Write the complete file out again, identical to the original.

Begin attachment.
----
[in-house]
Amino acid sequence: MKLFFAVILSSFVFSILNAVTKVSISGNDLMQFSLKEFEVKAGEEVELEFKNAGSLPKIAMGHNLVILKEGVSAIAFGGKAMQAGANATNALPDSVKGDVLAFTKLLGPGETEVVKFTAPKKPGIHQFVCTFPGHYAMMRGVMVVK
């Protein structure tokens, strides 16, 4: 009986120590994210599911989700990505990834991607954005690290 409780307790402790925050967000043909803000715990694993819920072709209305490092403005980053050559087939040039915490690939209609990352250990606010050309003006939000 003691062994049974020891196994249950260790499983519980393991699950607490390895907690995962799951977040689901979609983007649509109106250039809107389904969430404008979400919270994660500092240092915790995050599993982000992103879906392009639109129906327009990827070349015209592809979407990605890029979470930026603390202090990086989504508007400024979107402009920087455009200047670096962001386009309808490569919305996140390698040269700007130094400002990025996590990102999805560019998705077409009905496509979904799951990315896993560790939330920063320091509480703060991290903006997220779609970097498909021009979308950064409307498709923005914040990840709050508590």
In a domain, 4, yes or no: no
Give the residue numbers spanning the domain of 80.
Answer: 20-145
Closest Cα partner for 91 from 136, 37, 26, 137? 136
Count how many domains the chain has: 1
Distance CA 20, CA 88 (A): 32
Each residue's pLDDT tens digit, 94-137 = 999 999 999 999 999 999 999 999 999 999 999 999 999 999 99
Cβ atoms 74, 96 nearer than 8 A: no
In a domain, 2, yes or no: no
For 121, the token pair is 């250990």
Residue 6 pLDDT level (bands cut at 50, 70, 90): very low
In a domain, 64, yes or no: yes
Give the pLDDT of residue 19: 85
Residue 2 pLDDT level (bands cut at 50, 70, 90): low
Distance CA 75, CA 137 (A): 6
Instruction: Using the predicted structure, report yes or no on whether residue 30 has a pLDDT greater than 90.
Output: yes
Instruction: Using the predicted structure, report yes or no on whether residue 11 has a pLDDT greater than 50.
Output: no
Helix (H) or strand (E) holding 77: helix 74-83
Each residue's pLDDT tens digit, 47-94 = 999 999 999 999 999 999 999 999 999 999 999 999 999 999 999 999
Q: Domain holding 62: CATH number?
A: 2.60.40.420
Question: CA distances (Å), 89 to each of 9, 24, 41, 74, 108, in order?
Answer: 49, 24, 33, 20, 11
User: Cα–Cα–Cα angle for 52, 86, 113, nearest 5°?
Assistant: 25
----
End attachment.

[in-house]
Amino acid sequence: MKLFFAVILSSFVFSILNAVTKVSISGNDLMQFSLKEFEVKAGEEVELEFKNAGSLPKIAMGHNLVILKEGVSAIAFGGKAMQAGANATNALPDSVKGDVLAFTKLLGPGETEVVKFTAPKKPGIHQFVCTFPGHYAMMRGVMVVK
């Protein structure tokens, strides 16, 4: 009986120590994210599911989700990505990834991607954005690290 409780307790402790925050967000043909803000715990694993819920072709209305490092403005980053050559087939040039915490690939209609990352250990606010050309003006939000 003691062994049974020891196994249950260790499983519980393991699950607490390895907690995962799951977040689901979609983007649509109106250039809107389904969430404008979400919270994660500092240092915790995050599993982000992103879906392009639109129906327009990827070349015209592809979407990605890029979470930026603390202090990086989504508007400024979107402009920087455009200047670096962001386009309808490569919305996140390698040269700007130094400002990025996590990102999805560019998705077409009905496509979904799951990315896993560790939330920063320091509480703060991290903006997220779609970097498909021009979308950064409307498709923005914040990840709050508590």
In a domain, 4, yes or no: no
Give the residue numbers spanning the domain of 80.
Answer: 20-145
Closest Cα partner for 91 from 136, 37, 26, 137? 136
Count how many domains the chain has: 1
Distance CA 20, CA 88 (A): 32
Each residue's pLDDT tens digit, 94-137 = 999 999 999 999 999 999 999 999 999 999 999 999 999 999 99
Cβ atoms 74, 96 nearer than 8 A: no
In a domain, 2, yes or no: no
For 121, the token pair is 């250990």
Residue 6 pLDDT level (bands cut at 50, 70, 90): very low
In a domain, 64, yes or no: yes
Give the pLDDT of residue 19: 85
Residue 2 pLDDT level (bands cut at 50, 70, 90): low
Distance CA 75, CA 137 (A): 6
Instruction: Using the predicted structure, report yes or no on whether residue 30 has a pLDDT greater than 90.
Output: yes
Instruction: Using the predicted structure, report yes or no on whether residue 11 has a pLDDT greater than 50.
Output: no
Helix (H) or strand (E) holding 77: helix 74-83
Each residue's pLDDT tens digit, 47-94 = 999 999 999 999 999 999 999 999 999 999 999 999 999 999 999 999
Q: Domain holding 62: CATH number?
A: 2.60.40.420
Question: CA distances (Å), 89 to each of 9, 24, 41, 74, 108, in order?
Answer: 49, 24, 33, 20, 11
User: Cα–Cα–Cα angle for 52, 86, 113, nearest 5°?
Assistant: 25